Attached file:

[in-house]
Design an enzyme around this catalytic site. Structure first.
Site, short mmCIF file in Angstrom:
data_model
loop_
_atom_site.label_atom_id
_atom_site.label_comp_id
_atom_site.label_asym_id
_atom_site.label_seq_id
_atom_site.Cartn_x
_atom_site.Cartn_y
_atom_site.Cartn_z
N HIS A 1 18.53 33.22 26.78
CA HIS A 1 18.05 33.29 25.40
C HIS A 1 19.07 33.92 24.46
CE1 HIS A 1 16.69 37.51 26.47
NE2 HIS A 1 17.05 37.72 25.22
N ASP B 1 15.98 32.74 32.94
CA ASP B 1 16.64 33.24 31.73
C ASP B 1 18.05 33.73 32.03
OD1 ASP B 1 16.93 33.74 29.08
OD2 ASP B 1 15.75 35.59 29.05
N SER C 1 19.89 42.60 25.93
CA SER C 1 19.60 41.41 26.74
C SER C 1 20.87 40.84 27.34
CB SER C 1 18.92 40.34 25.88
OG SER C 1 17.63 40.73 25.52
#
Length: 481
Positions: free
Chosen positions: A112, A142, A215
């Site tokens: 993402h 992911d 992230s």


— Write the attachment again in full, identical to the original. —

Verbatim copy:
[in-house]
Design an enzyme around this catalytic site. Structure first.
Site, short mmCIF file in Angstrom:
data_model
loop_
_atom_site.label_atom_id
_atom_site.label_comp_id
_atom_site.label_asym_id
_atom_site.label_seq_id
_atom_site.Cartn_x
_atom_site.Cartn_y
_atom_site.Cartn_z
N HIS A 1 18.53 33.22 26.78
CA HIS A 1 18.05 33.29 25.40
C HIS A 1 19.07 33.92 24.46
CE1 HIS A 1 16.69 37.51 26.47
NE2 HIS A 1 17.05 37.72 25.22
N ASP B 1 15.98 32.74 32.94
CA ASP B 1 16.64 33.24 31.73
C ASP B 1 18.05 33.73 32.03
OD1 ASP B 1 16.93 33.74 29.08
OD2 ASP B 1 15.75 35.59 29.05
N SER C 1 19.89 42.60 25.93
CA SER C 1 19.60 41.41 26.74
C SER C 1 20.87 40.84 27.34
CB SER C 1 18.92 40.34 25.88
OG SER C 1 17.63 40.73 25.52
#
Length: 481
Positions: free
Chosen positions: A112, A142, A215
């Site tokens: 993402h 992911d 992230s």